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Meditation and HAPPY PLACE by Emily Henry


Harriet is going to her happy place.


In real life, Harriet is walking a tightrope. She’s training to become a brain surgeon. The job is stressful – any imperfect decisions are high-consequence – and exhausting. On top of professional stress, Harriet’s personal life is lonely. Her fiancé recently broke things off, and she hasn’t told anyone yet, leaving her increasingly isolated from her friends.


Harriet thinks things might turn around this week. It’s her annual trip to Maine, a constant since college, with her best friends. Harriet’s only effective coping skill is listening to guided meditations on her phone. When the app tells her to picture her happy place, friends at a house in Maine is what she sees. The visualization is effective in calming her, which makes Harriet hopeful that the real thing will be even better.


Like Harriet, you may benefit from meditation focused on your happy place. Let me teach you how.


First, you must identify your happy place before starting meditation. It should be somewhere where you feel calm, serene, loved, and content. A beautiful scene could help, but it is not necessary. Some people would describe their happy place as lying on a beach with friends; others would say it is solo skydiving the moment before the parachute is deployed. Pick something that works for you, and don’t worry about how others perceive it.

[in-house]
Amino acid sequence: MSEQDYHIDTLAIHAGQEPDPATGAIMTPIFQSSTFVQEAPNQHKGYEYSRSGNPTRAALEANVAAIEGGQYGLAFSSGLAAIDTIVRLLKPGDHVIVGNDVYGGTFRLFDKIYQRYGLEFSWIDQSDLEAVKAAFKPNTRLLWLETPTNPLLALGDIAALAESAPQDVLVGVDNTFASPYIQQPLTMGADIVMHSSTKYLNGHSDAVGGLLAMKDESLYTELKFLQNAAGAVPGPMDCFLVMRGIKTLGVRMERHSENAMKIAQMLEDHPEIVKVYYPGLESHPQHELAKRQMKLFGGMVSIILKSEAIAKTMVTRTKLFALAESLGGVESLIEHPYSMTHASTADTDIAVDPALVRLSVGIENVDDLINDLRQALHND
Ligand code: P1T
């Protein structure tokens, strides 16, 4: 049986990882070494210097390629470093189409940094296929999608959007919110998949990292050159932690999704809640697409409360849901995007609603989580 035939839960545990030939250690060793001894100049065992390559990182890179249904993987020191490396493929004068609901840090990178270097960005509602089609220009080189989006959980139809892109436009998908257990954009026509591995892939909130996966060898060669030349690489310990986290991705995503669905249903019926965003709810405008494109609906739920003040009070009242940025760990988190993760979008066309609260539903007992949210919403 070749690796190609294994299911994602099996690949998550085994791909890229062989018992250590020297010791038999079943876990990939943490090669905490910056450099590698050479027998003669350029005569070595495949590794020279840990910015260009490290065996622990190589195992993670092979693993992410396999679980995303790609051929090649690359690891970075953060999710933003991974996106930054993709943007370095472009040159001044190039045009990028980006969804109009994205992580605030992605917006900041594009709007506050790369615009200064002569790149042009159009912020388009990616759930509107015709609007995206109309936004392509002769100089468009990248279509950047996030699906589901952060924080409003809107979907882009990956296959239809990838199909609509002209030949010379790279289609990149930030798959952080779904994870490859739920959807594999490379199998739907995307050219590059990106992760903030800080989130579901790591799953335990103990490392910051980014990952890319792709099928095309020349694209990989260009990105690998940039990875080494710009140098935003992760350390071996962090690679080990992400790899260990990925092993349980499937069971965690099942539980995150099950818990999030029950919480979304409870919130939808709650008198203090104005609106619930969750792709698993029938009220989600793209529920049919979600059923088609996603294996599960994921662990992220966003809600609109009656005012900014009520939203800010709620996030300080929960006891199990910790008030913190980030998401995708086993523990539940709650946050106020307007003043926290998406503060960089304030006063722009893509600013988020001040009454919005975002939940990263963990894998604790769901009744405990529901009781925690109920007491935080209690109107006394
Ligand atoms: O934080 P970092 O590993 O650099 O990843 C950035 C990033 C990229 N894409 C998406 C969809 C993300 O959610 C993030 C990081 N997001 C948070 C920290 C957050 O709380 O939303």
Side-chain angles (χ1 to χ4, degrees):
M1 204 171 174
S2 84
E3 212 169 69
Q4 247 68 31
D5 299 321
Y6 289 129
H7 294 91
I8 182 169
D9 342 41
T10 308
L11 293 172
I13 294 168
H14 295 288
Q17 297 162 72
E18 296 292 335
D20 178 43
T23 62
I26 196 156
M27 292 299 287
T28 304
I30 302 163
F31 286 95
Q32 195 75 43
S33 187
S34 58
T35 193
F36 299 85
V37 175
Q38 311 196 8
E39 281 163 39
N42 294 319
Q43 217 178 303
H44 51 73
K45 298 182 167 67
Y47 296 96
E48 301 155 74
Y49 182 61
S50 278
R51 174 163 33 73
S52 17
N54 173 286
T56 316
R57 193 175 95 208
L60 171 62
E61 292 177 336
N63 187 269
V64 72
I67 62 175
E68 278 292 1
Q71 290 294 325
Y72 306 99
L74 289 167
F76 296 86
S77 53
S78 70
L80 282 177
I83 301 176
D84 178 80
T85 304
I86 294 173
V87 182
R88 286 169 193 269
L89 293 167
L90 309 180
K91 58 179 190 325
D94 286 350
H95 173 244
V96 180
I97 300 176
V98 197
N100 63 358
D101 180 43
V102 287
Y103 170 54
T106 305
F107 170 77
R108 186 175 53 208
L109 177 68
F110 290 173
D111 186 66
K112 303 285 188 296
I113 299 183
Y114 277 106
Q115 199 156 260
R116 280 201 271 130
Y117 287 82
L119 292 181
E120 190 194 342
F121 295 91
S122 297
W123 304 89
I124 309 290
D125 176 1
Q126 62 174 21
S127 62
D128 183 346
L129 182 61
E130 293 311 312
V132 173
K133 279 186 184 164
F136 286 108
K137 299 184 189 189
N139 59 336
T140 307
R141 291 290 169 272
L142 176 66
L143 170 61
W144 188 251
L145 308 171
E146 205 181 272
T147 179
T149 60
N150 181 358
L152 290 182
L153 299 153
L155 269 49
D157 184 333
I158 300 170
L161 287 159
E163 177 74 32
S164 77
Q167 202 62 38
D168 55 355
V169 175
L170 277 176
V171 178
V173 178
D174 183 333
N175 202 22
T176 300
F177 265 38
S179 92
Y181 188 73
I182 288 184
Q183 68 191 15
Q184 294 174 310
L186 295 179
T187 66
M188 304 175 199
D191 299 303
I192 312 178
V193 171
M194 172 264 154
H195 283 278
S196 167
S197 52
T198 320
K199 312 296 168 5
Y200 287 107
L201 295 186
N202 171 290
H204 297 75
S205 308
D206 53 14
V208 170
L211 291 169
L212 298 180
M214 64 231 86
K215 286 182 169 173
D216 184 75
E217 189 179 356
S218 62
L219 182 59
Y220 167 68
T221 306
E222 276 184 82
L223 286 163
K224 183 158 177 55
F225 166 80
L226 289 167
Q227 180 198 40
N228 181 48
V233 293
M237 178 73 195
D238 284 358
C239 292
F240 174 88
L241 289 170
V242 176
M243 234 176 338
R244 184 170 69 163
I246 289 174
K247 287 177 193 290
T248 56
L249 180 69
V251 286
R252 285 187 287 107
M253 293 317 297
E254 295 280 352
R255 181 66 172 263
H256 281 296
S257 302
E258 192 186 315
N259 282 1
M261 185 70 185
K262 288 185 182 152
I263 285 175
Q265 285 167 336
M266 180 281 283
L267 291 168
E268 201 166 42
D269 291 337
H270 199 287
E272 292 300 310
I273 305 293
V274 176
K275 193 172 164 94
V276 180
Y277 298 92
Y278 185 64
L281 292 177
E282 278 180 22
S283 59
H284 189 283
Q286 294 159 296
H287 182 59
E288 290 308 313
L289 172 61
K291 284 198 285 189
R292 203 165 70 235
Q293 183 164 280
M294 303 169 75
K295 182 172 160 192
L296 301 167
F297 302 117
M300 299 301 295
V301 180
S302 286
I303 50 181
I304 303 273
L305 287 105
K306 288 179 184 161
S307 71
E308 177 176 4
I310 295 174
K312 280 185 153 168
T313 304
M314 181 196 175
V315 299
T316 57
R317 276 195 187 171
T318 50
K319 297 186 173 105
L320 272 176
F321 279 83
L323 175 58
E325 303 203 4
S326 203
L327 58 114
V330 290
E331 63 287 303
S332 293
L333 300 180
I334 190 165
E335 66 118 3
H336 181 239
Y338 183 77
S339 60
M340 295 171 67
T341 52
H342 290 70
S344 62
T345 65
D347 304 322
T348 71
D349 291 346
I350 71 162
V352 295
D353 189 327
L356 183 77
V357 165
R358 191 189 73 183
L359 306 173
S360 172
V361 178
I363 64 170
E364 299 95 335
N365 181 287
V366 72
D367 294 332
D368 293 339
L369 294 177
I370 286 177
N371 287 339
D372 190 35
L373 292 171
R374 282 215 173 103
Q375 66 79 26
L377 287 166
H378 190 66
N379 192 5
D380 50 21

Once you’ve selected your happy place, take 4-5 deep breaths (slowly in through your nose, fill your stomach up with air, slowly out through your mouth) to separate yourself from any immediate stress.


Then, visualize your happy space in as much detail as possible. Try to experience it through all five senses. What do you see? What do you hear? What do you smell? What do you taste? What do you feel? Also, who (if anyone) is there with you? And what are you doing? The more real the scene feels, the more effectively it calms you.


If you struggle to maintain focus and your thoughts drift back to stressors, that’s completely fine. Just notice that your thoughts have strayed and non-judgmentally return to the happy place visualization. You may have to do this a few times.


Try to build up your stamina– at first, meditate for a minute or two each day and over time work up to 10 minutes focused simply on your happy place. To deepen the experience, try adding more detail (remembered or imagined).


Harriet deserves a therapy gold star (which I wish were a real thing…). She repeatedly uses this skill throughout the book. And, until Harriet’s happy place temporarily becomes her most-stressful-place-on-earth, the happy place meditations help relieve immediate stress.

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